In the beginning, I mentioned that planning is not for big-picture goals. Now we are planning, but you are not going to get crazy specific here. Next, you are thinking about practical steps and ideas that will help you achieve this goal. Remember my example? “I want to be 150 pounds and get healthy.” How am I going to get there?
- Moving every day by walking, going to CrossFit, or doing a home workout.
- Adding in some vegetables to my lunch and dinner every day.
- Drinking at least three tumblers of water every day.
The idea here is that you brainstorm a short list of things that will help you achieve your goal. You aren’t laying out a calendar and writing in your events or talking specific calories or getting crazy with planning. As you work towards your big picture, these action steps will change, they will get more specific, and you will fine-tune them. If you would like to delve a bit deeper and see some more specifics, check out my post about how I plan out my own goals for success.
Step 4: What is it going to look like when you get there?
This last step is the one I struggle with the most. I am a planner, a logical thinker, and a very “type A” person. I am not a vision person, I have a hard time with the idea of closing my eyes and picturing things that haven’t happened yet. It is totally okay if you are the same way, and I totally understand if you think to yourself, “Lady, this is weird, and was with you until this step.”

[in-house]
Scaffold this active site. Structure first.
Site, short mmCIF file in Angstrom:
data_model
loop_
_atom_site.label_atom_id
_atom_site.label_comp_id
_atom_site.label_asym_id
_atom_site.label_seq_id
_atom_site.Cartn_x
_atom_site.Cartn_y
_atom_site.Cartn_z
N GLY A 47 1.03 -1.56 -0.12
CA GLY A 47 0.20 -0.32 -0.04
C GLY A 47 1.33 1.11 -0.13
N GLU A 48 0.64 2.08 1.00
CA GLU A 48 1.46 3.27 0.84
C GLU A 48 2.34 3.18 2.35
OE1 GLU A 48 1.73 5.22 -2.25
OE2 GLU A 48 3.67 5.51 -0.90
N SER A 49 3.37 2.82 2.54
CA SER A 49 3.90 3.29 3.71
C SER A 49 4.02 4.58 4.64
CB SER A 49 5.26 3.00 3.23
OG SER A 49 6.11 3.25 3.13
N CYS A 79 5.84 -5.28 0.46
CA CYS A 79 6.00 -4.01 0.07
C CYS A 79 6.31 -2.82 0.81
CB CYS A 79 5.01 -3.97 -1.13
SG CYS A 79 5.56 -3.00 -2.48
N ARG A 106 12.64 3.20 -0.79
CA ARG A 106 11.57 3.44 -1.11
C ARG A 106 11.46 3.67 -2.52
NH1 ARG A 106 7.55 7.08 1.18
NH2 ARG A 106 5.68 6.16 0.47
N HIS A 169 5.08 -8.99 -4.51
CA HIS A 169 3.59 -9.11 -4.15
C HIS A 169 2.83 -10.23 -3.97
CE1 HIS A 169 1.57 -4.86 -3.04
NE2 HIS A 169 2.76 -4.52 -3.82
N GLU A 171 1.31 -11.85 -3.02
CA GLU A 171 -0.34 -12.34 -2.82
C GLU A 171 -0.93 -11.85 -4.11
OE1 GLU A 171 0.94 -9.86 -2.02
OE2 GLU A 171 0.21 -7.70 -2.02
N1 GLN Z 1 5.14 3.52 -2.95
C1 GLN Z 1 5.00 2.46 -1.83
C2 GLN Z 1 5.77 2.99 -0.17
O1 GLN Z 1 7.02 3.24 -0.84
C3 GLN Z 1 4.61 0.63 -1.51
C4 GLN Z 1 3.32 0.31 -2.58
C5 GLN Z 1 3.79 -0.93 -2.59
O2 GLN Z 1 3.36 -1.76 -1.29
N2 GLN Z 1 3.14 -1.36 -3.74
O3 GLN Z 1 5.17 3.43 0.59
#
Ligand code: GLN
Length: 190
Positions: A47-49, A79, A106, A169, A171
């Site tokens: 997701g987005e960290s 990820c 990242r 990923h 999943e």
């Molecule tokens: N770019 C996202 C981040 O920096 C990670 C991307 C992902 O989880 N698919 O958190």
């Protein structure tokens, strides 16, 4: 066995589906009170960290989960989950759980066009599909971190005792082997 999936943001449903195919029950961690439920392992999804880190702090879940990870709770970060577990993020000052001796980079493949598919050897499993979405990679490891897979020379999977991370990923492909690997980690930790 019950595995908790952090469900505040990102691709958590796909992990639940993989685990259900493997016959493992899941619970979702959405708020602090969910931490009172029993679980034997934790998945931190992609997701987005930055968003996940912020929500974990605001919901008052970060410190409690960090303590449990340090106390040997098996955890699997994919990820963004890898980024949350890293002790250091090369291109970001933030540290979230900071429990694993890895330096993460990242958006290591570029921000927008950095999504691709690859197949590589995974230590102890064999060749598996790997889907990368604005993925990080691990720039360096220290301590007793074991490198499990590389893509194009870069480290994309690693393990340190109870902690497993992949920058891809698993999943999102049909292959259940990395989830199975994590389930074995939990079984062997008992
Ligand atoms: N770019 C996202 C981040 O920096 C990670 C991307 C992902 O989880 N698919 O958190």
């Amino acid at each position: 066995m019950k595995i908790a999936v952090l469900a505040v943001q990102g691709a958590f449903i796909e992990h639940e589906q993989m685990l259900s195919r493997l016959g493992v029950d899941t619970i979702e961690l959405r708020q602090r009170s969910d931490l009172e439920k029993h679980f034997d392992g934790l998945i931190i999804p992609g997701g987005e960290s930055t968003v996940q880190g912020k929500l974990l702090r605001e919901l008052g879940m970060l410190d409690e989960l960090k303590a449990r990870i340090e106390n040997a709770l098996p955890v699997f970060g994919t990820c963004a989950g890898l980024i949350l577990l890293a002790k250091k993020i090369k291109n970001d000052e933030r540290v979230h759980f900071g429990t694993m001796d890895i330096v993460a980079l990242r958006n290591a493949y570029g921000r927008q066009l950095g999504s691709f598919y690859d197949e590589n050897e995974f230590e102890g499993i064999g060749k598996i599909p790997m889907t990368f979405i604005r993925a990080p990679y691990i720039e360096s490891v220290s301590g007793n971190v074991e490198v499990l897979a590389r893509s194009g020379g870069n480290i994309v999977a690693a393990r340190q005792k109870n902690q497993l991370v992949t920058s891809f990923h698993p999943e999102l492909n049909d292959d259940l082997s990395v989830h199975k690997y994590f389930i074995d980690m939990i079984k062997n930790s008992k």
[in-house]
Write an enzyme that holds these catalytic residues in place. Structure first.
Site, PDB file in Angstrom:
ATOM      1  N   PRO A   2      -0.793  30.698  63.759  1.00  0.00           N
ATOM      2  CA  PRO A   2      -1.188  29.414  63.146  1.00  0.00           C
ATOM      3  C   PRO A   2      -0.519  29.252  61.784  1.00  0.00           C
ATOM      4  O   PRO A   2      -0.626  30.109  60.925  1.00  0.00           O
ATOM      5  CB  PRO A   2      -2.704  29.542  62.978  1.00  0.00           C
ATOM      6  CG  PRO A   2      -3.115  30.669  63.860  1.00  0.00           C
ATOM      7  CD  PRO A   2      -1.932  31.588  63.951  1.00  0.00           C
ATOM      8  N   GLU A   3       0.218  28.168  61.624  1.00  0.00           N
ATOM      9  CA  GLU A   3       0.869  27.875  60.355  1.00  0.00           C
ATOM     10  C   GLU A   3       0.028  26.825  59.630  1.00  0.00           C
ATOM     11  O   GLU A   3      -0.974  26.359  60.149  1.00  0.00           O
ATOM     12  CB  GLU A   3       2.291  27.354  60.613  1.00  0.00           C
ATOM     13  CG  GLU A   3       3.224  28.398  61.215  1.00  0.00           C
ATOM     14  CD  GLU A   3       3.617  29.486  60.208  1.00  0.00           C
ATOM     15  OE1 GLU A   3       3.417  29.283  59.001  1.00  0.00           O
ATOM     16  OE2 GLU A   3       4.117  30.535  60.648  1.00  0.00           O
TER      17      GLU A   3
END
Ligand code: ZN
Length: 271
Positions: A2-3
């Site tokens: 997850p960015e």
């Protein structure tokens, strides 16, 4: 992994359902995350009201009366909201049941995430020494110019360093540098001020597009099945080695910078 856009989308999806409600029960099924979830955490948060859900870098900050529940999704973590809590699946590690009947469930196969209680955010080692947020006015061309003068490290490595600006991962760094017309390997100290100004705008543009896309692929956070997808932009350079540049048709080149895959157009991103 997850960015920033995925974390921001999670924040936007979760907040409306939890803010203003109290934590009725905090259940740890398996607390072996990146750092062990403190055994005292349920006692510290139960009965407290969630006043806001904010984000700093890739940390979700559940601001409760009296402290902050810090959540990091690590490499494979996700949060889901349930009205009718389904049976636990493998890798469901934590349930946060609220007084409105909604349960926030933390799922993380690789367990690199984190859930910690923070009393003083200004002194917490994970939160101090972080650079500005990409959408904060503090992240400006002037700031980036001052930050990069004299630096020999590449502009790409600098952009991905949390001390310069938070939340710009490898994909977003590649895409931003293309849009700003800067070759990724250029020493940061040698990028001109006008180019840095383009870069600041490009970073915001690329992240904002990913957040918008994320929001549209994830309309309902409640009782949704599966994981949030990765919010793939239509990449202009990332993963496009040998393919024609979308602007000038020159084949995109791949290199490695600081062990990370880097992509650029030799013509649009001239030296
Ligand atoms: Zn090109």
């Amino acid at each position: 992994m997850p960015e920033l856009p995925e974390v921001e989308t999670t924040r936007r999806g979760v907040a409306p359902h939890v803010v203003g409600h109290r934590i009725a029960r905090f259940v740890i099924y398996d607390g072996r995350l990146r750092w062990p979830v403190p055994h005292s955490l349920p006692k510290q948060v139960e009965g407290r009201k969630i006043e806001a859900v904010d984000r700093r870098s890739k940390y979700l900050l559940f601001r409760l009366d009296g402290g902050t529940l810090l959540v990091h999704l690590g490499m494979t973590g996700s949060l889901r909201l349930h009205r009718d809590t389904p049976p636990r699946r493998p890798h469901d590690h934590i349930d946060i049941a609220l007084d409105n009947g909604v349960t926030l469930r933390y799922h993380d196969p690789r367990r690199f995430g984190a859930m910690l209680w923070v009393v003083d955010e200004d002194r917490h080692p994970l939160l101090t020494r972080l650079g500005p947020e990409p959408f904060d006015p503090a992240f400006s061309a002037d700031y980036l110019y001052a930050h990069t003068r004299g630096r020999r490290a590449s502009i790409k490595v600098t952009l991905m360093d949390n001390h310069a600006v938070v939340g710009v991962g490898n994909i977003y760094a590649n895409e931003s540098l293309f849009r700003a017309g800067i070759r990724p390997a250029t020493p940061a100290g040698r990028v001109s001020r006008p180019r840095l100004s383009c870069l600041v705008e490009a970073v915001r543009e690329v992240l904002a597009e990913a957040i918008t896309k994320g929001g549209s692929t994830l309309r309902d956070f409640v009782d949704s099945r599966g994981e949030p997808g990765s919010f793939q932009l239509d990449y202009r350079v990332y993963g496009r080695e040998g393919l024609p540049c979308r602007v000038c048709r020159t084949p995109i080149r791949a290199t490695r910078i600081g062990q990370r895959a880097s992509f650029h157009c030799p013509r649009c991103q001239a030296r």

However… even though I don’t like it… I still do it. So much research has been done and so many personal development gurus say that without that vision, you’re missing a critical step to reaching your goals. This last step is all about picturing your life having achieved those goals. If you reach these goals, what would this look like? Using my example, it might look something like this:
- It’s going to look like new clothes that I love, being at the top of the leaderboard at the gym often, lower numbers on the scale, people complimenting me, lower cholesterol numbers, and better blood pressure.
Focusing again on the positive. Notice how I did include some trivial things in here like getting compliments and new clothes… that’s okay. It’s okay to admit that you want these things because they are part of your why that lives on the surface.
I’m done setting my goals! Now what?